As part of the scientific peer review, all applications will:

  • Undergo a selection process in which only those applications deemed to have the highest scientific and technical merit, generally the top half of applications under review, will be discussed and assigned a priority score.
  • Receive a written critique.
  • Received a second level of by review by the National Deafness and Other Communication Disorders Advisory Council.

The following will be considered in making funding decisions:

  • Scientific and technical merit of the proposed project as determined by peer review
  • Availability of funds
  • Relevance of the proposed project to program priorities

The goals of NIH supported research are to advance our understanding of biological systems, to improve the control of disease, and to enhance health.  In their written critiques, reviewer will be asked to comment on each of the following criteria in order to judge the likelihood that the proposed research will have a substantial impact on the pursuit of these goals.  Each of these criteria will be addressed and considered in assigning the overall score, weighting them as appropriate for each application.  Note that an application does not need to be strong in all categories to be judged likely to have major scientific impact and thus deserve a meritorious priority score.  For example, an investigator may propose to carry out important work that by its nature is not innovative but is essential to move a field forward.

Review Criteria for Individual Research Subprojects

  • Significance: Does this study address an important problem? If the aims of the application are achieved, how will scientific knowledge or clinical practice be advanced?  What will be the effect of these studies on the concepts, methods, technologies, treatments, services, or preventative interventions that drive this field?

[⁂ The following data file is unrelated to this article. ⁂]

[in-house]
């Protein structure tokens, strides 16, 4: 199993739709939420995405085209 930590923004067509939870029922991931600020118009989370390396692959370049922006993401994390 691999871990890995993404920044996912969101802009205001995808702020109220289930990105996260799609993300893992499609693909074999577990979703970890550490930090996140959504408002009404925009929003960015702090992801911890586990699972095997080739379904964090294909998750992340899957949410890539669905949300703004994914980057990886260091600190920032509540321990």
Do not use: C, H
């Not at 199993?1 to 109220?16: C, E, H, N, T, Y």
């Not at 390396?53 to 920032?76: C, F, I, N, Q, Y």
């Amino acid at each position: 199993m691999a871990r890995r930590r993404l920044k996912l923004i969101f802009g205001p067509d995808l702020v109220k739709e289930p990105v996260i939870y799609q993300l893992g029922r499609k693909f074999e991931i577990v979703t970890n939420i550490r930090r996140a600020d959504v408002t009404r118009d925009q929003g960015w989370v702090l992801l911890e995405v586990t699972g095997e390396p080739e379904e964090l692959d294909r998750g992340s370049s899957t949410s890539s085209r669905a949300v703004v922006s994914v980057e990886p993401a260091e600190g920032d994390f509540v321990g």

• Approach: Are the conceptual framework, design, methods, and analyses adequately developed, well integrated, well reasoned, and appropriate to the aims of the project? Does the applicant acknowledge potential problem areas and consider alternative tactics?  For applications designating multiple PDs/PIs, is the leadership approach, including the designated roles and responsibilities, governance, and organizational structure, consistent with and justified by the aims of the project and the expertise of each of the PDs/PIs?
  • Innovation: Is the project original and innovative?  For example: Does the project challenge existing paradigms or clinical practice; address an innovative hypothesis or critical barrier to progress in the field?  Does the project develop or employ novel concepts, approaches, methodologies, tools or technologies for this area? Are the aims original and innovative?
  • Investigators: Are the PD/PI(s) and other key personnel appropriately trained and well suited to carry out this work? Is the work proposed appropriate for the experience level of the principal investigator and other researchers? Does the PD/PI(s) and investigative team bring complementary and integrated expertise to the project (if applicable)? Are the commitment of the investigators, and their ability to devote the required time and effort to the subproject appropriate?
  • Environment: Does the scientific environment in which the work will be done contribute to the probability of success? Do the proposed studies benefit from unique features of the scientific environment, or subject populations, or employ useful collaborative arrangements? Is there adequate evidence of institutional support?
  • Appropriateness for the mechanism: Is the proposed research clinical? To what level is this subproject related to other subprojects and to the overall theme of the center? How well does this subproject contribute to the multidisciplinary nature and overall theme of the center?

NIH considers the following in evaluating Center grant applications:

  • The scientific and technical merit of the proposed program;
  • The qualifications and experience of the center director and other key personnel;